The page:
e currently find ourselves in a key moment for the logistics industry. Every stakeholder within the global supply chine is searching for innovative solutions that would contribute towards their efficiency in order to become more competitive in this dynamic market. In addition, the governments of European states are carefully observing how companies’ needs are changing while the markets are developing in order to provide appropriate legislative solutions in order to support domestic firms. The last instance which portrays this tendency of a state contributing towards a positive change within the transport sector is Germany, who, as of the 5th of April, adopts the digital waybill – E-CMR, becoming the 31st government which has implemented the E-CMR Protocol of the CMR Convention.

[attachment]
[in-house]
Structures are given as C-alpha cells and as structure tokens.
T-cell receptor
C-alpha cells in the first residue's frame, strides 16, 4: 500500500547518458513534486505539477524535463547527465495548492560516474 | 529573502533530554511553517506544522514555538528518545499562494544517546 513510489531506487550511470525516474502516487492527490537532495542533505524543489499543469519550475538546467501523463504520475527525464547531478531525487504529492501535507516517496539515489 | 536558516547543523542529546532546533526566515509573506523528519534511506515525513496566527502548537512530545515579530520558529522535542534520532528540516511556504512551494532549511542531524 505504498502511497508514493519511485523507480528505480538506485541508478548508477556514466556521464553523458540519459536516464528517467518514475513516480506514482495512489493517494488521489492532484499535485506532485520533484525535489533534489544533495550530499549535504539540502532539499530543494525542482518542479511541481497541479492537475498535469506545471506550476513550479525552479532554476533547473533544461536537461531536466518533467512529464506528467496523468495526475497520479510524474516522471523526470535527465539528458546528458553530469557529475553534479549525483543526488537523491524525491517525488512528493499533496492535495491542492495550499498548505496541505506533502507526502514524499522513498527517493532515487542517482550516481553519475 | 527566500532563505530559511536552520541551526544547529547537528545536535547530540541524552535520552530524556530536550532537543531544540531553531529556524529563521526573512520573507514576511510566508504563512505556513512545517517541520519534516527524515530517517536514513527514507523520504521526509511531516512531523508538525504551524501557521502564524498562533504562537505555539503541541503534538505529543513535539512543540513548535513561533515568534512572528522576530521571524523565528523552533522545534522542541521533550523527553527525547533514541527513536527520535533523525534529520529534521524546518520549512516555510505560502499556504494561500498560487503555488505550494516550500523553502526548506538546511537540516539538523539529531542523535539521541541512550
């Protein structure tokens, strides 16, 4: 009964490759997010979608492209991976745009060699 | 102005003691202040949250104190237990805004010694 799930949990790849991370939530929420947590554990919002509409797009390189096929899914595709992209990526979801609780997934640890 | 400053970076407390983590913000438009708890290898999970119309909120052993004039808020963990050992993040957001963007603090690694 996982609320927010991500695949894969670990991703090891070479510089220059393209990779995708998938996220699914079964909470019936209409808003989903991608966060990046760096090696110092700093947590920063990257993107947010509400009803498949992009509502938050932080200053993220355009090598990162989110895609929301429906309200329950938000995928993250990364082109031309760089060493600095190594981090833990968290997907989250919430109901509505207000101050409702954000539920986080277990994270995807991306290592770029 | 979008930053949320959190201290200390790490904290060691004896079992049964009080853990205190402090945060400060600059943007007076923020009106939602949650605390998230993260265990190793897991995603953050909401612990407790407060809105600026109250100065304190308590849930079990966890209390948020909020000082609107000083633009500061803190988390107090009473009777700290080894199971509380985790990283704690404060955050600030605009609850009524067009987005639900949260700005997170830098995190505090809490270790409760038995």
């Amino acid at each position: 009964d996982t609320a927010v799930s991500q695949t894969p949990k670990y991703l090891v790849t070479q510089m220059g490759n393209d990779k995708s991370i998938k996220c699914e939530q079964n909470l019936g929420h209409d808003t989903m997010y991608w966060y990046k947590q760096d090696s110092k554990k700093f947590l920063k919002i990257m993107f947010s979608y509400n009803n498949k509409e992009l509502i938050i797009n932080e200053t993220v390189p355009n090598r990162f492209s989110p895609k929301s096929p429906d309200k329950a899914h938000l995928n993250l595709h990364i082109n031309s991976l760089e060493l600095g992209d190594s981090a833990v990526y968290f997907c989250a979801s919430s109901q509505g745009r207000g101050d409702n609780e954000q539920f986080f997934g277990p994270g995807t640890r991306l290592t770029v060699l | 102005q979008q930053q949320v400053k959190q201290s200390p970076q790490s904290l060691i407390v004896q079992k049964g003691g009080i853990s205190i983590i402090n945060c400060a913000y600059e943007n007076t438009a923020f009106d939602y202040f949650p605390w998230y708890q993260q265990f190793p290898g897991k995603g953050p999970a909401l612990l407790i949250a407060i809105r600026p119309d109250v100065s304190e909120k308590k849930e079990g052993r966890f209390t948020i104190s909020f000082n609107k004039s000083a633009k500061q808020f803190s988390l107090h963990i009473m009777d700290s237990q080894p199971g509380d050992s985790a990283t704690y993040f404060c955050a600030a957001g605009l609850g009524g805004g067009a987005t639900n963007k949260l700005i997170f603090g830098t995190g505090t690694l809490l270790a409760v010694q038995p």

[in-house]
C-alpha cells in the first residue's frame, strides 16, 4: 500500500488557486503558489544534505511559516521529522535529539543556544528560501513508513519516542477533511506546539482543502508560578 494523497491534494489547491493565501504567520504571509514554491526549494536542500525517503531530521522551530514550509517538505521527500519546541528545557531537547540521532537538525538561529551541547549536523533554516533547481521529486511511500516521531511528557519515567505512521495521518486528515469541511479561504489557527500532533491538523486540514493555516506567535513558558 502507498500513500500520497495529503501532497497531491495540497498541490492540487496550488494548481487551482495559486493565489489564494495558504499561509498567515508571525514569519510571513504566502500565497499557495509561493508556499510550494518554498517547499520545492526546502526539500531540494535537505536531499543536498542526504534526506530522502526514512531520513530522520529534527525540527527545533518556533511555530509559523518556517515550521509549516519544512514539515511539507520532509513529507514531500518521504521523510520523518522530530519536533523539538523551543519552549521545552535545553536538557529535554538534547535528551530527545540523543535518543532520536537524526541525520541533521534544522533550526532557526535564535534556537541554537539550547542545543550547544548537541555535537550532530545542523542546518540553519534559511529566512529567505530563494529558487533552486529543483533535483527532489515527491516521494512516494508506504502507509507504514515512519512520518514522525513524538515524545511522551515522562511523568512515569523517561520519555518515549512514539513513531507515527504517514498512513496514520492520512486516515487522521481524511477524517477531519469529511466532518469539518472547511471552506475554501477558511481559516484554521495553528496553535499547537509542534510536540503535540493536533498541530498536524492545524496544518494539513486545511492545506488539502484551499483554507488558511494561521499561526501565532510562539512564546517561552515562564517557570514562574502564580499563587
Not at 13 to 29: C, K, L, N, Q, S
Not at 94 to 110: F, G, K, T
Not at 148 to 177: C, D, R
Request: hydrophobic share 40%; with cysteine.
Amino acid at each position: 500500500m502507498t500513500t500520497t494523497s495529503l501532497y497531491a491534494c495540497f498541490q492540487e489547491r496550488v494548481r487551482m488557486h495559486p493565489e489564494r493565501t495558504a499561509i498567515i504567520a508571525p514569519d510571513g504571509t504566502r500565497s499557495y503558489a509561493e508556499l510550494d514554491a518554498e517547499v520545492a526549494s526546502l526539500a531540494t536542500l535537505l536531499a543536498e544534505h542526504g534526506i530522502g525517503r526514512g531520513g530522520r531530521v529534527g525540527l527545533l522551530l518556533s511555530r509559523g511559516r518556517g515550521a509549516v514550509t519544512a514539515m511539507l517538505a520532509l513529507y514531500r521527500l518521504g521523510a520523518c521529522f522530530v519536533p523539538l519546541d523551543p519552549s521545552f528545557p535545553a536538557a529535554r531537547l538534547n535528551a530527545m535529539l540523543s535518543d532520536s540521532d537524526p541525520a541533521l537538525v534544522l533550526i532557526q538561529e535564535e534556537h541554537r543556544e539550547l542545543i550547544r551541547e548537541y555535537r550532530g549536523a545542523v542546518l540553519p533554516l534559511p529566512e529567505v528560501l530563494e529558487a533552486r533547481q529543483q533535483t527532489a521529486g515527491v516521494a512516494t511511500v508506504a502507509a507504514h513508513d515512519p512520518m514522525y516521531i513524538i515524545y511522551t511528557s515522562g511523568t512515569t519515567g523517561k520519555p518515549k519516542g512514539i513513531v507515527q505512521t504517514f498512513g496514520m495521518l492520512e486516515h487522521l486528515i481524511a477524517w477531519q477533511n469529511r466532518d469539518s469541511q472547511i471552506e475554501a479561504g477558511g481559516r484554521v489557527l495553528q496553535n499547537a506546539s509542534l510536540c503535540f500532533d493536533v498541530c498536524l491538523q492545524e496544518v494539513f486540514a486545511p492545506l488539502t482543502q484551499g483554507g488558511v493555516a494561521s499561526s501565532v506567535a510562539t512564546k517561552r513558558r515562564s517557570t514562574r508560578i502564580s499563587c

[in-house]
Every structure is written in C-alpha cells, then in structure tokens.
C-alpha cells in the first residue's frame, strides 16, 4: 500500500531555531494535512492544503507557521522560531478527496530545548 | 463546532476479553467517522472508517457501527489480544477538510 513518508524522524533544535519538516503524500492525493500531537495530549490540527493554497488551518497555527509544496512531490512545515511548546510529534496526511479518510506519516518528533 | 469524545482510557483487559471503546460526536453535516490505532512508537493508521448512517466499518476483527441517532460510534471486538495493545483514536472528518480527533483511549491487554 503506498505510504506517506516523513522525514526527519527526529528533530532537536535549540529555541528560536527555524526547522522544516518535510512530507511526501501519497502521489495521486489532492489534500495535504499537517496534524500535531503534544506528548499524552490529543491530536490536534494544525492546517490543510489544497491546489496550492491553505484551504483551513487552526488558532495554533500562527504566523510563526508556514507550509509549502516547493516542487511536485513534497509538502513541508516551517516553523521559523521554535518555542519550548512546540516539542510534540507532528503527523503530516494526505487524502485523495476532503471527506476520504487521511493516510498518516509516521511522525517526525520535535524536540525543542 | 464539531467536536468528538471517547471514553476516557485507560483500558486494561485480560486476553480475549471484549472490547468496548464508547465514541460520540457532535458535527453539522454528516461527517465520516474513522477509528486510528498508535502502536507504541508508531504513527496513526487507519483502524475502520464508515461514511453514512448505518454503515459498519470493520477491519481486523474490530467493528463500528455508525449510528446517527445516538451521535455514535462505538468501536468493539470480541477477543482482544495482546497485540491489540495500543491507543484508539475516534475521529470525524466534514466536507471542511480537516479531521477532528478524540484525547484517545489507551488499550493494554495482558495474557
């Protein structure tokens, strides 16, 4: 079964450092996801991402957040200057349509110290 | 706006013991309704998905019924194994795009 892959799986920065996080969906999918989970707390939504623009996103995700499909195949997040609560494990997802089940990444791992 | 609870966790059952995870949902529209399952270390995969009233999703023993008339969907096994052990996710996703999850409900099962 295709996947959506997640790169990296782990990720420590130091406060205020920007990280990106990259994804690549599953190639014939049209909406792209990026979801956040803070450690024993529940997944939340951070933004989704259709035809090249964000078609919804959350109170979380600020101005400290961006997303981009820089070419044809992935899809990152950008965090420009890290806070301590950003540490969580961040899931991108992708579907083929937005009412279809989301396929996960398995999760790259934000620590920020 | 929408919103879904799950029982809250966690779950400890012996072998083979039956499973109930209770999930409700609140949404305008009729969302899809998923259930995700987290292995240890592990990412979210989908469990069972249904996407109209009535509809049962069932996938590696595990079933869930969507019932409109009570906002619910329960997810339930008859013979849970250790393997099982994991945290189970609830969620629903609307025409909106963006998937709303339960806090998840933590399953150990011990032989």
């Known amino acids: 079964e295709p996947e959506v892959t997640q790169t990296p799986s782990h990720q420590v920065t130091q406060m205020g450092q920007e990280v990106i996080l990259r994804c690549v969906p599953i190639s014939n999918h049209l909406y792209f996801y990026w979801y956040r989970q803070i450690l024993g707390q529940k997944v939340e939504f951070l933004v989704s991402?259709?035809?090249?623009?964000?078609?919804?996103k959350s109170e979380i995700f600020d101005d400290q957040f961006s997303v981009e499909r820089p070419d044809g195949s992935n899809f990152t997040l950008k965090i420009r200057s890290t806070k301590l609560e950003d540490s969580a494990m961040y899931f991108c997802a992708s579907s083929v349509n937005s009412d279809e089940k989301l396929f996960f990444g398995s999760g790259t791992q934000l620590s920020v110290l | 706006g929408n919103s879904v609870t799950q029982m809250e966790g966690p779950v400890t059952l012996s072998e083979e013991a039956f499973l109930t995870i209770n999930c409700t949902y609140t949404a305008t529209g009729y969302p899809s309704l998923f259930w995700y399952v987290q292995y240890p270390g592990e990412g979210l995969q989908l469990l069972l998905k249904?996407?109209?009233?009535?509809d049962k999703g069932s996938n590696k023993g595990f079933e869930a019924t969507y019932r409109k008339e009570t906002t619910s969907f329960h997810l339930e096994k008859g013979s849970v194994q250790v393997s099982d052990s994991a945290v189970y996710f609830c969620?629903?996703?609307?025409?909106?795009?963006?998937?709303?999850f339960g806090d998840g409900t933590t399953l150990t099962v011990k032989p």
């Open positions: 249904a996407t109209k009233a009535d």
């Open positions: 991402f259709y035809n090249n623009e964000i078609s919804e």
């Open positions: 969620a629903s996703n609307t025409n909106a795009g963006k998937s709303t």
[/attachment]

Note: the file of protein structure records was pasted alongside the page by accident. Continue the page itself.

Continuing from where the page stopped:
The Causes 🗺️
“The benefits of the digital waybill are obvious. It will contribute towards a faster and more efficient supply chain, all the whilst making life easier not only for logistics companies, but for every individual client.” confirms Andreas Schauer – Germany’s minister of transport and digital infrastructure after having adopted the E-CMR Protocol. In reality, digital waybills offer additional comfort for all stakeholders in two fundamental areas – decreased expenses and clear-cut transparency during all important steps starting from the commissioning of a transport mission until its execution.